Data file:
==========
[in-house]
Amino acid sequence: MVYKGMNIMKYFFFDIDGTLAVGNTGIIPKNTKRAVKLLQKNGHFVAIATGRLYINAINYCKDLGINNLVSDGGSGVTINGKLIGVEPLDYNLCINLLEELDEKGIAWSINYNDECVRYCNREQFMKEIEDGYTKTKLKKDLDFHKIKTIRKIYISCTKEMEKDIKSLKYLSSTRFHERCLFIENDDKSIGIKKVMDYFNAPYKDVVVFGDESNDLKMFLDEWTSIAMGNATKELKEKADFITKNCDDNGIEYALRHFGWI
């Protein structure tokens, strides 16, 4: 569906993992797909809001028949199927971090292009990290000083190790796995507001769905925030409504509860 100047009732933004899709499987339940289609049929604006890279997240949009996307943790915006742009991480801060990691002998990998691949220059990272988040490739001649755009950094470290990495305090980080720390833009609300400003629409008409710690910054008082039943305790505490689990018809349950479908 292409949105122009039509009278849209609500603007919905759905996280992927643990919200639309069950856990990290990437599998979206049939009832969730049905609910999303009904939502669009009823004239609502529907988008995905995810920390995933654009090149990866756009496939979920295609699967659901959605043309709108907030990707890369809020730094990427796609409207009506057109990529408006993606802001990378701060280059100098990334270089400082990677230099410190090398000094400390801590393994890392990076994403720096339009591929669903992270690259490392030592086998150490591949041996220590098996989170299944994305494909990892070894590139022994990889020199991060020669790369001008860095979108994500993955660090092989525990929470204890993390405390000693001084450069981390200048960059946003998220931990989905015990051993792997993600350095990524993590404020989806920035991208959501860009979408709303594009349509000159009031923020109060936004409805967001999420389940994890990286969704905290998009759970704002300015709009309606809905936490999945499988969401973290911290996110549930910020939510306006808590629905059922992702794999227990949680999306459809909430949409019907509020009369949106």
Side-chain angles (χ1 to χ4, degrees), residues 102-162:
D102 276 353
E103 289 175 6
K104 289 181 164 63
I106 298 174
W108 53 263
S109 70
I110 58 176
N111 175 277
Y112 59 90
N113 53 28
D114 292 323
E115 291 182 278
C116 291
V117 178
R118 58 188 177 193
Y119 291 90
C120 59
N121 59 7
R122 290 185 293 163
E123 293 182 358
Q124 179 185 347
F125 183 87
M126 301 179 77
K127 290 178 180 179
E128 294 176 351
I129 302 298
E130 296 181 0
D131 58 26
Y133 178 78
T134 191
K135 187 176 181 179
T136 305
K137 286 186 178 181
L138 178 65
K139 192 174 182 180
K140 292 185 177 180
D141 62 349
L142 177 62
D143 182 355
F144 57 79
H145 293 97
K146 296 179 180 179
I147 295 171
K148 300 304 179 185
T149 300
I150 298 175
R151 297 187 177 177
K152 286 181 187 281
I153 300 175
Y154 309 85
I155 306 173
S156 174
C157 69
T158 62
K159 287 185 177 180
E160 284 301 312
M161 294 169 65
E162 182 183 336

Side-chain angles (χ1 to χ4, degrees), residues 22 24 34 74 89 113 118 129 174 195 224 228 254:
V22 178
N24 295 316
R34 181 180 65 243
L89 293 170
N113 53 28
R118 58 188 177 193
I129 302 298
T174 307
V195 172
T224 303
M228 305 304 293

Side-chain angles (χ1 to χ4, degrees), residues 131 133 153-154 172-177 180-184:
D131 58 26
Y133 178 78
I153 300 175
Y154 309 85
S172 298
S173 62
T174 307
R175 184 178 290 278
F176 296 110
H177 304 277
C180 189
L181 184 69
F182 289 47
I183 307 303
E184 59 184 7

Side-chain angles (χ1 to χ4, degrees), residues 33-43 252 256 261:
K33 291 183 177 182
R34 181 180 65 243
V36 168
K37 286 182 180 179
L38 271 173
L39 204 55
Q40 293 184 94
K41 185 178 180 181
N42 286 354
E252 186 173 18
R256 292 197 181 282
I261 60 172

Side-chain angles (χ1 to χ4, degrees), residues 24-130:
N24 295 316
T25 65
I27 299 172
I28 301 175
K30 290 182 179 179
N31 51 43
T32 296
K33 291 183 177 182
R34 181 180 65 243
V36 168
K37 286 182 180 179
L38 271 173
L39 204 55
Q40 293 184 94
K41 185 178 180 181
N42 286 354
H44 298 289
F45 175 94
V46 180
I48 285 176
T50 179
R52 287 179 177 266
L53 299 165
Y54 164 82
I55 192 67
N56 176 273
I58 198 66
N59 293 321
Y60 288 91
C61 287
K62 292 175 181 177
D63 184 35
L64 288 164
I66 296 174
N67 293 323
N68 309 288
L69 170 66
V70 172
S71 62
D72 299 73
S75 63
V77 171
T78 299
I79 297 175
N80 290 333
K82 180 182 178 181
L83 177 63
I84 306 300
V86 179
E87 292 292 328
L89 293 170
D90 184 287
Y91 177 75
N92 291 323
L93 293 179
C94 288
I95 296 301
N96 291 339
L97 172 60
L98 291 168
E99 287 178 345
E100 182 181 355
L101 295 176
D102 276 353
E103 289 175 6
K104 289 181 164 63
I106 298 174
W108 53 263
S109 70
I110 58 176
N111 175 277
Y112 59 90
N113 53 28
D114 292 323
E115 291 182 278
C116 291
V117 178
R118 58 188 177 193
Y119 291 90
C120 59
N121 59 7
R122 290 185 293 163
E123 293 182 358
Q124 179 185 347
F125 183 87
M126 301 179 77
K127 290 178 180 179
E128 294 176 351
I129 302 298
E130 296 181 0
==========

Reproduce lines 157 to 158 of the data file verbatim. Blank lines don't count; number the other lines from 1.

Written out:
Y91 177 75
N92 291 323